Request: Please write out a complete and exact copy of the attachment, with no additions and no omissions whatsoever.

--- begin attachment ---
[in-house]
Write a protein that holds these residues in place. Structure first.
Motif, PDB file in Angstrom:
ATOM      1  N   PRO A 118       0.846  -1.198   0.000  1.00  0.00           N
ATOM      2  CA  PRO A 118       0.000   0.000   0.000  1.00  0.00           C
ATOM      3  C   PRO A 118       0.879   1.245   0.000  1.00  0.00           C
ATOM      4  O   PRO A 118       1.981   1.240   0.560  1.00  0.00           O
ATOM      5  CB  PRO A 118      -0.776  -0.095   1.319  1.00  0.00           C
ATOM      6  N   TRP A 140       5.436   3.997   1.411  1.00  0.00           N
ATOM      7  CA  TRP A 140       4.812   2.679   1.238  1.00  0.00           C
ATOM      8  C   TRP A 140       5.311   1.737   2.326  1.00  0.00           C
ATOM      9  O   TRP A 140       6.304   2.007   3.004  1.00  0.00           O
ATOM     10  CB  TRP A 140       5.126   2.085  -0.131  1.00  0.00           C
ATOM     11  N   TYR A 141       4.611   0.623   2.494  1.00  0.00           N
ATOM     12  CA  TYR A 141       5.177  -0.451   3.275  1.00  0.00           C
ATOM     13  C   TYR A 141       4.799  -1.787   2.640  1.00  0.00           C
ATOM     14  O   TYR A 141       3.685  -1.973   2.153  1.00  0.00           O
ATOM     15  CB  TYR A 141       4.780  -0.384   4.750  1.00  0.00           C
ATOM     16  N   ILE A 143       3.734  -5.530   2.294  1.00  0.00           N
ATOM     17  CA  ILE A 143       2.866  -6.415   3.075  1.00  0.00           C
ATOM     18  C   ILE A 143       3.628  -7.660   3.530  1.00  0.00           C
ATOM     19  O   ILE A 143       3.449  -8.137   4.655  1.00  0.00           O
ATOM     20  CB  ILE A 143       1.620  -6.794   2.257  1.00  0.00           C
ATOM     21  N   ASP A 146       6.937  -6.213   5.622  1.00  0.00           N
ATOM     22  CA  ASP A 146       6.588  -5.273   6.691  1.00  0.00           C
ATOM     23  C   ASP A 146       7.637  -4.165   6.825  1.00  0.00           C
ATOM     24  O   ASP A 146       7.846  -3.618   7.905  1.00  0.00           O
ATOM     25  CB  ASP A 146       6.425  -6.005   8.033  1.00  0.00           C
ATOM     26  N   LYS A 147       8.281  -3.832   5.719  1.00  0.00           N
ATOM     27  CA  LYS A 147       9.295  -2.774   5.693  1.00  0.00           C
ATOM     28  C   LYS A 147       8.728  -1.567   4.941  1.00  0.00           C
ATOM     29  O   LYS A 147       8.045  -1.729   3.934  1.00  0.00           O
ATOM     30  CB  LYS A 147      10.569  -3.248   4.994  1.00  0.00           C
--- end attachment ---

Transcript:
[in-house]
Write a protein that holds these residues in place. Structure first.
Motif, PDB file in Angstrom:
ATOM      1  N   PRO A 118       0.846  -1.198   0.000  1.00  0.00           N
ATOM      2  CA  PRO A 118       0.000   0.000   0.000  1.00  0.00           C
ATOM      3  C   PRO A 118       0.879   1.245   0.000  1.00  0.00           C
ATOM      4  O   PRO A 118       1.981   1.240   0.560  1.00  0.00           O
ATOM      5  CB  PRO A 118      -0.776  -0.095   1.319  1.00  0.00           C
ATOM      6  N   TRP A 140       5.436   3.997   1.411  1.00  0.00           N
ATOM      7  CA  TRP A 140       4.812   2.679   1.238  1.00  0.00           C
ATOM      8  C   TRP A 140       5.311   1.737   2.326  1.00  0.00           C
ATOM      9  O   TRP A 140       6.304   2.007   3.004  1.00  0.00           O
ATOM     10  CB  TRP A 140       5.126   2.085  -0.131  1.00  0.00           C
ATOM     11  N   TYR A 141       4.611   0.623   2.494  1.00  0.00           N
ATOM     12  CA  TYR A 141       5.177  -0.451   3.275  1.00  0.00           C
ATOM     13  C   TYR A 141       4.799  -1.787   2.640  1.00  0.00           C
ATOM     14  O   TYR A 141       3.685  -1.973   2.153  1.00  0.00           O
ATOM     15  CB  TYR A 141       4.780  -0.384   4.750  1.00  0.00           C
ATOM     16  N   ILE A 143       3.734  -5.530   2.294  1.00  0.00           N
ATOM     17  CA  ILE A 143       2.866  -6.415   3.075  1.00  0.00           C
ATOM     18  C   ILE A 143       3.628  -7.660   3.530  1.00  0.00           C
ATOM     19  O   ILE A 143       3.449  -8.137   4.655  1.00  0.00           O
ATOM     20  CB  ILE A 143       1.620  -6.794   2.257  1.00  0.00           C
ATOM     21  N   ASP A 146       6.937  -6.213   5.622  1.00  0.00           N
ATOM     22  CA  ASP A 146       6.588  -5.273   6.691  1.00  0.00           C
ATOM     23  C   ASP A 146       7.637  -4.165   6.825  1.00  0.00           C
ATOM     24  O   ASP A 146       7.846  -3.618   7.905  1.00  0.00           O
ATOM     25  CB  ASP A 146       6.425  -6.005   8.033  1.00  0.00           C
ATOM     26  N   LYS A 147       8.281  -3.832   5.719  1.00  0.00           N
ATOM     27  CA  LYS A 147       9.295  -2.774   5.693  1.00  0.00           C
ATOM     28  C   LYS A 147       8.728  -1.567   4.941  1.00  0.00           C
ATOM     29  O   LYS A 147       8.045  -1.729   3.934  1.00  0.00           O
ATOM     30  CB  LYS A 147      10.569  -3.248   4.994  1.00  0.00           C